How Judgments Affect Assets in a Trust

amendment to a last will and revocable trust
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While you may believe a revocable living trust can protect your assets, in truth, a creditor, a judgment holder or even your ex-spouse can force you to reach into that trust to pay off judgments and other debt obligations. The is quite different than irrevocable trusts, which permanently move your assets out of your reach--regardless of whom you may owe money to.

To be clear, you still personally own the assets titled in the name of your revocable living trust. After all, you created the trust--funding it with your property. And therein lies the rub: the things you own, creditors may take. 

Asset protection is a complicated process, involving deep analysis of your long-term financial needs and estate planning goals. Therefore you must strategically position and re-position your property, in order to shield it from creditors' claims. Possible asset protection planning measures include the following:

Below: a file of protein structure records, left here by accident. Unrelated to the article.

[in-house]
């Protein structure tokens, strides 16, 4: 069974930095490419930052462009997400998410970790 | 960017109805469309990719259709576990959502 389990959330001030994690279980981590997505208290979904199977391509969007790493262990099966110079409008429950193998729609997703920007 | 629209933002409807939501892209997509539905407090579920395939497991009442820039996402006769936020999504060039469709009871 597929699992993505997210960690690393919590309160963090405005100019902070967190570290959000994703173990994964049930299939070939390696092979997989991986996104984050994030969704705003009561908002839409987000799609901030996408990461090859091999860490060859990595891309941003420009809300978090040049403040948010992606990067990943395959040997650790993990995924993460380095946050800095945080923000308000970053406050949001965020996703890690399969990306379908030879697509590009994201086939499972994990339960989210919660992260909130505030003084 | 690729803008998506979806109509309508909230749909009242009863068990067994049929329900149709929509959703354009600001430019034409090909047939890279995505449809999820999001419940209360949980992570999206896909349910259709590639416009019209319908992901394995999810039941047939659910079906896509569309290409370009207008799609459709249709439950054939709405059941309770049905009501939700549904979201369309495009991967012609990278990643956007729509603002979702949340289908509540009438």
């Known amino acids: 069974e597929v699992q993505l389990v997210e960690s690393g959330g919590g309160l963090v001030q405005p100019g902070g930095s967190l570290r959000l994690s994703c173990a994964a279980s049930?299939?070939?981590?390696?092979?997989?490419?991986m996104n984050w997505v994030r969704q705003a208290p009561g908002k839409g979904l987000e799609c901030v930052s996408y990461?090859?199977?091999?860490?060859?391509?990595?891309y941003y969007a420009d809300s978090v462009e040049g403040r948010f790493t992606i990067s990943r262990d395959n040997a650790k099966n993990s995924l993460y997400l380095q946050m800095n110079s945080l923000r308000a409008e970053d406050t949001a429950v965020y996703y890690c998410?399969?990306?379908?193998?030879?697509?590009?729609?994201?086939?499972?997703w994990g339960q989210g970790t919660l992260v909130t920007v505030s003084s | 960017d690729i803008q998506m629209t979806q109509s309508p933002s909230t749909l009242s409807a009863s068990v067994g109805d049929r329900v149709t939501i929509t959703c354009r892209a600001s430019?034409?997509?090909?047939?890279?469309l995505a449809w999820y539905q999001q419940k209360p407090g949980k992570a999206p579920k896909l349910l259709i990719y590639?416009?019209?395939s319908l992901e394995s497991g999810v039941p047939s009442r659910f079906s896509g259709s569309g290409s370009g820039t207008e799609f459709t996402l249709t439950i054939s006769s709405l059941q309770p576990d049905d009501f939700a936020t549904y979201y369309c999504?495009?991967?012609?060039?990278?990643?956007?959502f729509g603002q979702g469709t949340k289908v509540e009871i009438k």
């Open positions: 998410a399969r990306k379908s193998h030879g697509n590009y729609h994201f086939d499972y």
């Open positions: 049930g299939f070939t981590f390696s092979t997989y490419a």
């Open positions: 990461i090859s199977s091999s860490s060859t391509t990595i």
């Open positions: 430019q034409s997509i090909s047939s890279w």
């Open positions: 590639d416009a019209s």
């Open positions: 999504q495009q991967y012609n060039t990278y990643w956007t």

• Investing in your primary residence. Some states provide homestead exemptions prohibiting creditors from forcing the sale of your home to satisfy debts.
  • Buying life insurance that accumulates a cash value.
  • Funding retirement accounts, including IRAs and 401ks. ERISA-qualified retirement accounts are typically safe from creditors
  • Purchasing annuities.
  • Setting up a family limited liability company or family limited partnership, and transferring ownership of assets into these entities.

In conclusion: while a revocable living trust cannot reliably protect your assets, a multi-pronged advanced estate plan, that employs combinations of the above-listed items, can provide comprehensive asset protection planning, over the long haul.